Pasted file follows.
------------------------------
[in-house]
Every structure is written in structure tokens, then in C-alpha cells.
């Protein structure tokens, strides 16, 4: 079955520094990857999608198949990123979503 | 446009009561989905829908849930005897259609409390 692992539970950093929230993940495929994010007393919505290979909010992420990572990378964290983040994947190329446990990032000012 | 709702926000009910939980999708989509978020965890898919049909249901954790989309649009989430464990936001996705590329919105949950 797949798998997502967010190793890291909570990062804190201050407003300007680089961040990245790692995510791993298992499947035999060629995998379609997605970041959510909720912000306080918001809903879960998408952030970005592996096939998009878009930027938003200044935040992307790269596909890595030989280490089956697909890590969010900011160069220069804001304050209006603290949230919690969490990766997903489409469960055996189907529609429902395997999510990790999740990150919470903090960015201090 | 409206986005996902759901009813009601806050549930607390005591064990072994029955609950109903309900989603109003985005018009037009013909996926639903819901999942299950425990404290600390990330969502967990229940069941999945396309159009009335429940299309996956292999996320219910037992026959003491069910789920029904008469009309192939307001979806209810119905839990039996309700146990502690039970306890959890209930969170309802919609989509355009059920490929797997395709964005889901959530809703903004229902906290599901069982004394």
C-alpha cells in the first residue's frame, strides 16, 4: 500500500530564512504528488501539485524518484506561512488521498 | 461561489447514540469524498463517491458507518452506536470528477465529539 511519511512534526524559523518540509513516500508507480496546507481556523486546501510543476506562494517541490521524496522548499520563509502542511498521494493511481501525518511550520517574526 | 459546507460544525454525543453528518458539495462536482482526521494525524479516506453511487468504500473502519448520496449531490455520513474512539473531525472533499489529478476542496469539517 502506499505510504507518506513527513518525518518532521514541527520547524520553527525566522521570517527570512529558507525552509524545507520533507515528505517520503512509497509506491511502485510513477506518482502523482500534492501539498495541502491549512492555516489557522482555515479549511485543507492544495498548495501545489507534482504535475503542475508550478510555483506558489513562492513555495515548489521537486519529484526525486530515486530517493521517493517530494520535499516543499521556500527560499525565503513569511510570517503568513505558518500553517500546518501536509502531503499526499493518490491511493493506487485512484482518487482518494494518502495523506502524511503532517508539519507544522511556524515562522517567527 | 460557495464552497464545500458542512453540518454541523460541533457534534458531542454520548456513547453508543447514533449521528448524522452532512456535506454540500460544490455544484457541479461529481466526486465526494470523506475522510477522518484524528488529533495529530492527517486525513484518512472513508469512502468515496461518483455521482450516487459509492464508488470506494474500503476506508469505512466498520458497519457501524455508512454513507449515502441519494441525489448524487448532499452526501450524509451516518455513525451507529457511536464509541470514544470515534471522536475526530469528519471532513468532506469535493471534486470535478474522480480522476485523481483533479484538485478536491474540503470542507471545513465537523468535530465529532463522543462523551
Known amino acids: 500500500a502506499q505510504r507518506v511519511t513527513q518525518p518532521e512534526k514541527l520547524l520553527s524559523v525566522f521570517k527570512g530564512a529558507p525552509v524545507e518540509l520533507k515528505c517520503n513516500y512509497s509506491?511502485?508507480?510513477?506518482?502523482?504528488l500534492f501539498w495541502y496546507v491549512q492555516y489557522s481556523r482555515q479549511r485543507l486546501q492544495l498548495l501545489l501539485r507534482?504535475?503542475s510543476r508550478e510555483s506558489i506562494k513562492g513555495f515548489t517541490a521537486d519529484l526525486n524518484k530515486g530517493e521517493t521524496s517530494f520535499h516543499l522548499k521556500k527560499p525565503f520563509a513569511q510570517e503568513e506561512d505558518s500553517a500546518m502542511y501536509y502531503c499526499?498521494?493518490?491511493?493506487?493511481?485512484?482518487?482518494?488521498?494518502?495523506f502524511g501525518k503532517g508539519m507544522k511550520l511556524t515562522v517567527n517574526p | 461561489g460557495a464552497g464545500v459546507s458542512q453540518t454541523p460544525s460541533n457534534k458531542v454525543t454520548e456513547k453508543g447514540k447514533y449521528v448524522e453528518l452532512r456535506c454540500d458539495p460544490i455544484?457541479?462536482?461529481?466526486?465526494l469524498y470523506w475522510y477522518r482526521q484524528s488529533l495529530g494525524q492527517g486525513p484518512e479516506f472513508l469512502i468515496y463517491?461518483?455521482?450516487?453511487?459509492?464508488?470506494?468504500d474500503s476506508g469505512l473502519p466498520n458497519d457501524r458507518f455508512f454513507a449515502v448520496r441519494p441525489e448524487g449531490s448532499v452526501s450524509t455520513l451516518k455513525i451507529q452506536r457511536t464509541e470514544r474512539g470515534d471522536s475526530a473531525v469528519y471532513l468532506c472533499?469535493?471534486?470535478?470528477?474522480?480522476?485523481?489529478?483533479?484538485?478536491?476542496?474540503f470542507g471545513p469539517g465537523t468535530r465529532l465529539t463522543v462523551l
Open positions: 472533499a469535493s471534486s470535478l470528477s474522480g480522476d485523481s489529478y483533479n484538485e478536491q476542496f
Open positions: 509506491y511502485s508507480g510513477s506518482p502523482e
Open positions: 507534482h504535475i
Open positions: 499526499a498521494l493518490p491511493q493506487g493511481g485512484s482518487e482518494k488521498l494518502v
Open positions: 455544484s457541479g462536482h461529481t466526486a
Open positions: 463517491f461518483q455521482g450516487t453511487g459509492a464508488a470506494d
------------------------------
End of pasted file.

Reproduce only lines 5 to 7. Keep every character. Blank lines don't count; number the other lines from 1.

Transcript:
Known amino acids: 500500500a502506499q505510504r507518506v511519511t513527513q518525518p518532521e512534526k514541527l520547524l520553527s524559523v525566522f521570517k527570512g530564512a529558507p525552509v524545507e518540509l520533507k515528505c517520503n513516500y512509497s509506491?511502485?508507480?510513477?506518482?502523482?504528488l500534492f501539498w495541502y496546507v491549512q492555516y489557522s481556523r482555515q479549511r485543507l486546501q492544495l498548495l501545489l501539485r507534482?504535475?503542475s510543476r508550478e510555483s506558489i506562494k513562492g513555495f515548489t517541490a521537486d519529484l526525486n524518484k530515486g530517493e521517493t521524496s517530494f520535499h516543499l522548499k521556500k527560499p525565503f520563509a513569511q510570517e503568513e506561512d505558518s500553517a500546518m502542511y501536509y502531503c499526499?498521494?493518490?491511493?493506487?493511481?485512484?482518487?482518494?488521498?494518502?495523506f502524511g501525518k503532517g508539519m507544522k511550520l511556524t515562522v517567527n517574526p | 461561489g460557495a464552497g464545500v459546507s458542512q453540518t454541523p460544525s460541533n457534534k458531542v454525543t454520548e456513547k453508543g447514540k447514533y449521528v448524522e453528518l452532512r456535506c454540500d458539495p460544490i455544484?457541479?462536482?461529481?466526486?465526494l469524498y470523506w475522510y477522518r482526521q484524528s488529533l495529530g494525524q492527517g486525513p484518512e479516506f472513508l469512502i468515496y463517491?461518483?455521482?450516487?453511487?459509492?464508488?470506494?468504500d474500503s476506508g469505512l473502519p466498520n458497519d457501524r458507518f455508512f454513507a449515502v448520496r441519494p441525489e448524487g449531490s448532499v452526501s450524509t455520513l451516518k455513525i451507529q452506536r457511536t464509541e470514544r474512539g470515534d471522536s475526530a473531525v469528519y471532513l468532506c472533499?469535493?471534486?470535478?470528477?474522480?480522476?485523481?489529478?483533479?484538485?478536491?476542496?474540503f470542507g471545513p469539517g465537523t468535530r465529532l465529539t463522543v462523551l
Open positions: 472533499a469535493s471534486s470535478l470528477s474522480g480522476d485523481s489529478y483533479n484538485e478536491q476542496f
Open positions: 509506491y511502485s508507480g510513477s506518482p502523482e